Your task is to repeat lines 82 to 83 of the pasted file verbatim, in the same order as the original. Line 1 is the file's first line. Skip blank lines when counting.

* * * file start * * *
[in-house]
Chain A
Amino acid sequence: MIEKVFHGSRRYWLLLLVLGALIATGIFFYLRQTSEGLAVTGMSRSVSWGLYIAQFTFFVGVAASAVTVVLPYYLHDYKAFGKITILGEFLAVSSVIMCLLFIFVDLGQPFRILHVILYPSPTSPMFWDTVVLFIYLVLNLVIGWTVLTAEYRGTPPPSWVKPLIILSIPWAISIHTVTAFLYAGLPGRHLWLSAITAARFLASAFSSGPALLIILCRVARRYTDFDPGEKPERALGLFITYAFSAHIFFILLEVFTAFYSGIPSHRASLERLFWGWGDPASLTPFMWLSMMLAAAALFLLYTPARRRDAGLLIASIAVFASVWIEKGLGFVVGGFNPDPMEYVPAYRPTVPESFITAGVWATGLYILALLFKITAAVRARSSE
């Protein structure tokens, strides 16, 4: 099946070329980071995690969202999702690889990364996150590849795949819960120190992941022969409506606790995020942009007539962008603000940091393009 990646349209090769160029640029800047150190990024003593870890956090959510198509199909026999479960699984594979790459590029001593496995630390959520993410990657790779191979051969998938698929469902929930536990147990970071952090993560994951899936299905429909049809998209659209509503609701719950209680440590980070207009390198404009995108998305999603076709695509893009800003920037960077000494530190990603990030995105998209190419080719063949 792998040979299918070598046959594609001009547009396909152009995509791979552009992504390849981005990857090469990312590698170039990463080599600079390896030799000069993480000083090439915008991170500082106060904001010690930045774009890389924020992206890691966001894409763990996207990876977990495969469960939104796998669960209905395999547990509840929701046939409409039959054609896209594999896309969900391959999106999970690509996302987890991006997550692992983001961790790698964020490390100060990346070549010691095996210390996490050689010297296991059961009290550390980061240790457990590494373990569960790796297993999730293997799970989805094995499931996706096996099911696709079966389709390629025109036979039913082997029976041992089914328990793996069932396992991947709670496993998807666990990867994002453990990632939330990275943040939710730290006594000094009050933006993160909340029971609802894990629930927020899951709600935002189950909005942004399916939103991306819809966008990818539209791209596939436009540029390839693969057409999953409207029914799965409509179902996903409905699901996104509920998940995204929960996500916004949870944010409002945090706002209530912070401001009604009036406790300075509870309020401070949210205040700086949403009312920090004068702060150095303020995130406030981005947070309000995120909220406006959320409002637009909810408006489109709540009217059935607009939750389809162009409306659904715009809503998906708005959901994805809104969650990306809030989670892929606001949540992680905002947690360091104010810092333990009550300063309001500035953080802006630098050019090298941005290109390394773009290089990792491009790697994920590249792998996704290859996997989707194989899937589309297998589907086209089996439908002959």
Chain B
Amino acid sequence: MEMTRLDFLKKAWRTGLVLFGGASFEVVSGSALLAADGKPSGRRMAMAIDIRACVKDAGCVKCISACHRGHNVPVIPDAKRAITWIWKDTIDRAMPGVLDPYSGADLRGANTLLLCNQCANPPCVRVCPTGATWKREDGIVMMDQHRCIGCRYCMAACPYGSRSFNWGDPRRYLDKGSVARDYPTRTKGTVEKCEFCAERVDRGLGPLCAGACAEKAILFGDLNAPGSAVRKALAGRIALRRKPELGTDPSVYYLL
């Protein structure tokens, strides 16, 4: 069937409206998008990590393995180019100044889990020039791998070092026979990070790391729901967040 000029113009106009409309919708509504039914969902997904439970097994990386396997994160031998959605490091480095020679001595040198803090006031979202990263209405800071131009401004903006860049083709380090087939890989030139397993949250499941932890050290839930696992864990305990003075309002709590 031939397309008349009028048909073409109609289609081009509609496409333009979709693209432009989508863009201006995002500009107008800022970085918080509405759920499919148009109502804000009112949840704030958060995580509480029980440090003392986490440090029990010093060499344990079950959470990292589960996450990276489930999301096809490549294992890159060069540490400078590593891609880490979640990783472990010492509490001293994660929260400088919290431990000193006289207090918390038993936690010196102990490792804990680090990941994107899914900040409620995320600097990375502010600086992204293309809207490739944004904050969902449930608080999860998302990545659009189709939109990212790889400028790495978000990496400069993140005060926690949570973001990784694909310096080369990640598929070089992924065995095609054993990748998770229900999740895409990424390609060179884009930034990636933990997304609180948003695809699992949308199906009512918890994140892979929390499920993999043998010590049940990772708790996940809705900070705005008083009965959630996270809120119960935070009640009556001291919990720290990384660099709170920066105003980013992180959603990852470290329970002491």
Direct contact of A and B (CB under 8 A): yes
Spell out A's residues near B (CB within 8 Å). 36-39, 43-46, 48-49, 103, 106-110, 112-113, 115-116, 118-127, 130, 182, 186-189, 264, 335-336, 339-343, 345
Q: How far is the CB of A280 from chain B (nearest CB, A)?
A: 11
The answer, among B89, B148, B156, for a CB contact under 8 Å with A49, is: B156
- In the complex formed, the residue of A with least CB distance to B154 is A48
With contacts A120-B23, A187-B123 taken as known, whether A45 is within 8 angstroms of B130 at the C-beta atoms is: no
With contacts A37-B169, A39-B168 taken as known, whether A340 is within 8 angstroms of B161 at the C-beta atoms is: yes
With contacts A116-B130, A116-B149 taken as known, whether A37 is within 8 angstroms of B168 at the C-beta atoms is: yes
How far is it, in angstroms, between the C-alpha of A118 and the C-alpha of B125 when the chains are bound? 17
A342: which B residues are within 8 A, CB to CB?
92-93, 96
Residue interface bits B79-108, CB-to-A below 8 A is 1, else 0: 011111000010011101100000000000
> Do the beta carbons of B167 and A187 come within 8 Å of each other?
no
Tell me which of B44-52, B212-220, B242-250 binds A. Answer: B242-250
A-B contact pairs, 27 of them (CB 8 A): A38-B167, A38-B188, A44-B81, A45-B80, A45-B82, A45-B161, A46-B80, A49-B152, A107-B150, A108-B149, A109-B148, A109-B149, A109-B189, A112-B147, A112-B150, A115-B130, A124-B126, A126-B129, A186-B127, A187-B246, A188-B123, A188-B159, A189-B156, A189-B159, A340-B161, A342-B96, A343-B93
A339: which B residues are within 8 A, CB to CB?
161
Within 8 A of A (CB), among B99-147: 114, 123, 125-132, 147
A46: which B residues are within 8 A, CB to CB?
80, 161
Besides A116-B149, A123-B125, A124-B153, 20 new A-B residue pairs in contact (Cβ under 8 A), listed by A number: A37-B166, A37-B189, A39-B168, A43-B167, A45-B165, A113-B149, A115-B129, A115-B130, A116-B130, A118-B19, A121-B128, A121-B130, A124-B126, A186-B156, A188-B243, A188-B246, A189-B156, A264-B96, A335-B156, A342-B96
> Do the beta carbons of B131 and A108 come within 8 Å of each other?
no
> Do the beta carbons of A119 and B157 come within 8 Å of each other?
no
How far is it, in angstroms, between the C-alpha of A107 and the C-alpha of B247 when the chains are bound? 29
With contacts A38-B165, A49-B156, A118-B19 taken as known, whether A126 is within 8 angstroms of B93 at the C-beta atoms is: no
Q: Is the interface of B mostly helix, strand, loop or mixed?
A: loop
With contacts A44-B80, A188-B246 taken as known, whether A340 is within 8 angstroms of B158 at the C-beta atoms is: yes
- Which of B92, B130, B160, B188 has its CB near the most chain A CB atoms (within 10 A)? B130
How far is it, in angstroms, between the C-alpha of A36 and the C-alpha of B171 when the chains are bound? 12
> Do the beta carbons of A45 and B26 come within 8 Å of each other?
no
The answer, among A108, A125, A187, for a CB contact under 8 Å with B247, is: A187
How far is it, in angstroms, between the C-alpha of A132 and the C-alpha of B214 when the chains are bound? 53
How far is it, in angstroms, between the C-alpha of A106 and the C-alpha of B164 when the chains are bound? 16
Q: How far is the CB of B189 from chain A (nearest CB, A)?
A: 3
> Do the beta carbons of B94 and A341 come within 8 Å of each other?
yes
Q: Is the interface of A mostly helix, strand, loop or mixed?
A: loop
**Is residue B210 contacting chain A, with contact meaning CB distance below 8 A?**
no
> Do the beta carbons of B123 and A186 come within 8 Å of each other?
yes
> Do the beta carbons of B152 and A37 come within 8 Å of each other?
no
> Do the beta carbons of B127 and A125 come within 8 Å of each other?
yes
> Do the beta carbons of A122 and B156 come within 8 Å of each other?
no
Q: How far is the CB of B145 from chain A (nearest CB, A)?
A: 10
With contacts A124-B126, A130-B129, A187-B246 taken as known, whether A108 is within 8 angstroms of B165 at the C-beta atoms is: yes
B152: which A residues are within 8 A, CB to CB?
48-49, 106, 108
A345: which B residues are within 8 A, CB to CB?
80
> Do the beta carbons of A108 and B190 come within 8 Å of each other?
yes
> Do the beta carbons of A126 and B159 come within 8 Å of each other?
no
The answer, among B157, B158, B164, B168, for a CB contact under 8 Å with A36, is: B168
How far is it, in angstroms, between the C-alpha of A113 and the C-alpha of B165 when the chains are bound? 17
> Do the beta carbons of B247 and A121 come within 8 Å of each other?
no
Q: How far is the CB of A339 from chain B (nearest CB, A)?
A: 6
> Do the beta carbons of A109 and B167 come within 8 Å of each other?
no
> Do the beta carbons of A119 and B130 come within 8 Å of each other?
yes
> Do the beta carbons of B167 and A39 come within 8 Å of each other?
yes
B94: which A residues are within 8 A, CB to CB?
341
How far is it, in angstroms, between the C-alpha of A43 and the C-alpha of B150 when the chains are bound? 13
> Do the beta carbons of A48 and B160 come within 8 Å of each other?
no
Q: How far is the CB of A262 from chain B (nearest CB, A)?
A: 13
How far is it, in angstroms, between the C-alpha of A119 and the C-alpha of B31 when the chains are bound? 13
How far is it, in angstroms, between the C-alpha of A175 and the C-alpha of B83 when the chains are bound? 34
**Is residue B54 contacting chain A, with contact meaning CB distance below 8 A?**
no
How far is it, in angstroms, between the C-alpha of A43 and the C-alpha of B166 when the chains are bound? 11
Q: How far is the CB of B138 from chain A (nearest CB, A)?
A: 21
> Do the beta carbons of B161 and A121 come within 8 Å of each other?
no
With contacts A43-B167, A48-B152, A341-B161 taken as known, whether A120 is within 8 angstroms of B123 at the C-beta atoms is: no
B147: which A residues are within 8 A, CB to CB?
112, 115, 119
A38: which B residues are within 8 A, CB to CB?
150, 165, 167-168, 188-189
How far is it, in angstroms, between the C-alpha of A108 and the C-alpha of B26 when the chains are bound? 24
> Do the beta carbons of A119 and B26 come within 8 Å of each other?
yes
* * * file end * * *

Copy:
> Do the beta carbons of A119 and B130 come within 8 Å of each other?
yes